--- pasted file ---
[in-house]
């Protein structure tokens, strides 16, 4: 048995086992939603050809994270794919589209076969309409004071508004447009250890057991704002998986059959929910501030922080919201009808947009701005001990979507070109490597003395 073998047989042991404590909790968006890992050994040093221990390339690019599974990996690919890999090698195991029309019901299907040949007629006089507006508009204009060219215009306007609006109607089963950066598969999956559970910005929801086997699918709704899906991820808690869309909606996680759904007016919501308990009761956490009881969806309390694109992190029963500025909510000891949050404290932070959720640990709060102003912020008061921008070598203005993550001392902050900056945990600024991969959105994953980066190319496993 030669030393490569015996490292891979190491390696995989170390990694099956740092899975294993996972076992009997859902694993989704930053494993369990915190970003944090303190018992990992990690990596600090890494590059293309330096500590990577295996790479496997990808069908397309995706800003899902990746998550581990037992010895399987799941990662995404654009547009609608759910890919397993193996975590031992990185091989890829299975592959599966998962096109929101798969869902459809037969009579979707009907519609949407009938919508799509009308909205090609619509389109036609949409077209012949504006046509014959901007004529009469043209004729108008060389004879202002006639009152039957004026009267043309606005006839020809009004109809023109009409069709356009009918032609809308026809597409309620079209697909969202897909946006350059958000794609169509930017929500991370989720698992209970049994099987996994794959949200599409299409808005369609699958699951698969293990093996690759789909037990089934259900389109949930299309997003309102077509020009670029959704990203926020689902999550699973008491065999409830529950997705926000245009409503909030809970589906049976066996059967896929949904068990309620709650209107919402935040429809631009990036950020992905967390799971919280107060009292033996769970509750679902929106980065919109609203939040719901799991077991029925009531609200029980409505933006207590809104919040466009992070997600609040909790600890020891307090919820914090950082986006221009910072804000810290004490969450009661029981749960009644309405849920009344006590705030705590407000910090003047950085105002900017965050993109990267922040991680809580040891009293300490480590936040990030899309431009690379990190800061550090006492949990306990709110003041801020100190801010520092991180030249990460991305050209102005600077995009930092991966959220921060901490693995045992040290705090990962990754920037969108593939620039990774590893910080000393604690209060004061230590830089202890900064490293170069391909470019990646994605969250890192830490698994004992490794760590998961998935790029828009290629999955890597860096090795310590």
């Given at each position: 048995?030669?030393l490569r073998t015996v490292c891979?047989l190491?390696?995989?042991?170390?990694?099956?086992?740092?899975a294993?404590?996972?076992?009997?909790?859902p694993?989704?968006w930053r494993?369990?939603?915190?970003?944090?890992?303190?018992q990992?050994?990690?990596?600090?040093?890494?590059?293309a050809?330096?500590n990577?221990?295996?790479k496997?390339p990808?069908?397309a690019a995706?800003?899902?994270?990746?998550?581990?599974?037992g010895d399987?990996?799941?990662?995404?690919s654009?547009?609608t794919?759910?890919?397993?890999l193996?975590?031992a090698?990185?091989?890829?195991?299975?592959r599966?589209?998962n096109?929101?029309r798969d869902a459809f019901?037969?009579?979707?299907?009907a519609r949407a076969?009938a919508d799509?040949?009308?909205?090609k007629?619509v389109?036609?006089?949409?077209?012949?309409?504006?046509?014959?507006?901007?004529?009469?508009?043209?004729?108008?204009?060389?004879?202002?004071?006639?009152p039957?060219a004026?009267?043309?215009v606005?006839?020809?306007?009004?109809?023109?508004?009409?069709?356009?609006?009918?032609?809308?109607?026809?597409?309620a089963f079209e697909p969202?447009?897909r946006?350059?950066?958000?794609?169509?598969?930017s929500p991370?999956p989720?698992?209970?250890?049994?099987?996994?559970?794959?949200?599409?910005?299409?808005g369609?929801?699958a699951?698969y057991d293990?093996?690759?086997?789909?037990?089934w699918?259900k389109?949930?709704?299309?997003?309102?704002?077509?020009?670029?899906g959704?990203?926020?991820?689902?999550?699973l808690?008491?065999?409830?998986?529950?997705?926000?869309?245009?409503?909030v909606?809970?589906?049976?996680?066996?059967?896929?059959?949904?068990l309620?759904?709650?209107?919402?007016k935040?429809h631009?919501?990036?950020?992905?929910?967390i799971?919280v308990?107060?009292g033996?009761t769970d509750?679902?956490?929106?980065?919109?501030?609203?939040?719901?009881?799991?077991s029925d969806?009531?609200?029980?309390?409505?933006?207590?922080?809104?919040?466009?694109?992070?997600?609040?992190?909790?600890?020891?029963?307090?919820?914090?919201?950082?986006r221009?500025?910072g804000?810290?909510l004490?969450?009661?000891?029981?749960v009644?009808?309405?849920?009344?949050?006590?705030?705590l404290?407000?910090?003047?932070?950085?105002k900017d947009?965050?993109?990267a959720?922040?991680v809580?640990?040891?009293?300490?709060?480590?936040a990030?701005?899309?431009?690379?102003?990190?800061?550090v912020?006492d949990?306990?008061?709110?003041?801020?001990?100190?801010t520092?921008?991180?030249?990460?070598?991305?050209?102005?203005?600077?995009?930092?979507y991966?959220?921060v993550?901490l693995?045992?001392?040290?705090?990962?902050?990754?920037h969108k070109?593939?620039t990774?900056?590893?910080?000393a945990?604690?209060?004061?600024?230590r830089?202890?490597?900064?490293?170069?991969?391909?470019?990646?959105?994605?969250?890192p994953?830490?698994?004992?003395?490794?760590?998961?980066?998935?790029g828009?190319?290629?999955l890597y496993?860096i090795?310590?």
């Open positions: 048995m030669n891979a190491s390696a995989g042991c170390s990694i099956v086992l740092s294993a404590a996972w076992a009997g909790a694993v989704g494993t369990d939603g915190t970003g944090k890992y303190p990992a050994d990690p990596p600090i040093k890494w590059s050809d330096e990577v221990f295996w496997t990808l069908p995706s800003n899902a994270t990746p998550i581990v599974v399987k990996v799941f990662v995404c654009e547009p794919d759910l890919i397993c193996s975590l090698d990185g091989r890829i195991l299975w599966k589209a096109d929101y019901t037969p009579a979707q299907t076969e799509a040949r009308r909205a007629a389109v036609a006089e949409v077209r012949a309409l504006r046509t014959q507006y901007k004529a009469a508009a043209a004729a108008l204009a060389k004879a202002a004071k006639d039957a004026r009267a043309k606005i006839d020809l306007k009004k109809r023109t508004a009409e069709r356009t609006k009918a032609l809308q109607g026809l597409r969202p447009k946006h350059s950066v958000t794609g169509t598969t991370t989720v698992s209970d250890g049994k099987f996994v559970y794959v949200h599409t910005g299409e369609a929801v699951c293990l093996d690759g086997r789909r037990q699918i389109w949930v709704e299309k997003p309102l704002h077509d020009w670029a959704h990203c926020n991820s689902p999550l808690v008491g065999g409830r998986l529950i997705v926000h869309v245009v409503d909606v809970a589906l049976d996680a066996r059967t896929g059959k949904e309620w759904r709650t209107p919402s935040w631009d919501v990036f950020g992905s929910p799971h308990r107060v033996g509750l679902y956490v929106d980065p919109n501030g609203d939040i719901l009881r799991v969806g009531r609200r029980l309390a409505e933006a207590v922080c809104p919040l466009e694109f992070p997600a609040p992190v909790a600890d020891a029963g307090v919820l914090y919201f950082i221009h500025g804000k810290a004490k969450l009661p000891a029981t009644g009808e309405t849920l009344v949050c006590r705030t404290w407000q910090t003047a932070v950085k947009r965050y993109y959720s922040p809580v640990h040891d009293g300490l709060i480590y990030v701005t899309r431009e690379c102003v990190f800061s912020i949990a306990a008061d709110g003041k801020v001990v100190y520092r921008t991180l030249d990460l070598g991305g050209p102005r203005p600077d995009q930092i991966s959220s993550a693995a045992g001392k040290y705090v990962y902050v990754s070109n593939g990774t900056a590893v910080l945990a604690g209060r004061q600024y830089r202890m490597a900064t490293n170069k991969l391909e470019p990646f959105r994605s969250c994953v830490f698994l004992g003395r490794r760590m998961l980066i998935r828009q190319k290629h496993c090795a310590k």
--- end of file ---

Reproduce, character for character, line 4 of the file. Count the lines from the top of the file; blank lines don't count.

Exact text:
């Open positions: 048995m030669n891979a190491s390696a995989g042991c170390s990694i099956v086992l740092s294993a404590a996972w076992a009997g909790a694993v989704g494993t369990d939603g915190t970003g944090k890992y303190p990992a050994d990690p990596p600090i040093k890494w590059s050809d330096e990577v221990f295996w496997t990808l069908p995706s800003n899902a994270t990746p998550i581990v599974v399987k990996v799941f990662v995404c654009e547009p794919d759910l890919i397993c193996s975590l090698d990185g091989r890829i195991l299975w599966k589209a096109d929101y019901t037969p009579a979707q299907t076969e799509a040949r009308r909205a007629a389109v036609a006089e949409v077209r012949a309409l504006r046509t014959q507006y901007k004529a009469a508009a043209a004729a108008l204009a060389k004879a202002a004071k006639d039957a004026r009267a043309k606005i006839d020809l306007k009004k109809r023109t508004a009409e069709r356009t609006k009918a032609l809308q109607g026809l597409r969202p447009k946006h350059s950066v958000t794609g169509t598969t991370t989720v698992s209970d250890g049994k099987f996994v559970y794959v949200h599409t910005g299409e369609a929801v699951c293990l093996d690759g086997r789909r037990q699918i389109w949930v709704e299309k997003p309102l704002h077509d020009w670029a959704h990203c926020n991820s689902p999550l808690v008491g065999g409830r998986l529950i997705v926000h869309v245009v409503d909606v809970a589906l049976d996680a066996r059967t896929g059959k949904e309620w759904r709650t209107p919402s935040w631009d919501v990036f950020g992905s929910p799971h308990r107060v033996g509750l679902y956490v929106d980065p919109n501030g609203d939040i719901l009881r799991v969806g009531r609200r029980l309390a409505e933006a207590v922080c809104p919040l466009e694109f992070p997600a609040p992190v909790a600890d020891a029963g307090v919820l914090y919201f950082i221009h500025g804000k810290a004490k969450l009661p000891a029981t009644g009808e309405t849920l009344v949050c006590r705030t404290w407000q910090t003047a932070v950085k947009r965050y993109y959720s922040p809580v640990h040891d009293g300490l709060i480590y990030v701005t899309r431009e690379c102003v990190f800061s912020i949990a306990a008061d709110g003041k801020v001990v100190y520092r921008t991180l030249d990460l070598g991305g050209p102005r203005p600077d995009q930092i991966s959220s993550a693995a045992g001392k040290y705090v990962y902050v990754s070109n593939g990774t900056a590893v910080l945990a604690g209060r004061q600024y830089r202890m490597a900064t490293n170069k991969l391909e470019p990646f959105r994605s969250c994953v830490f698994l004992g003395r490794r760590m998961l980066i998935r828009q190319k290629h496993c090795a310590k």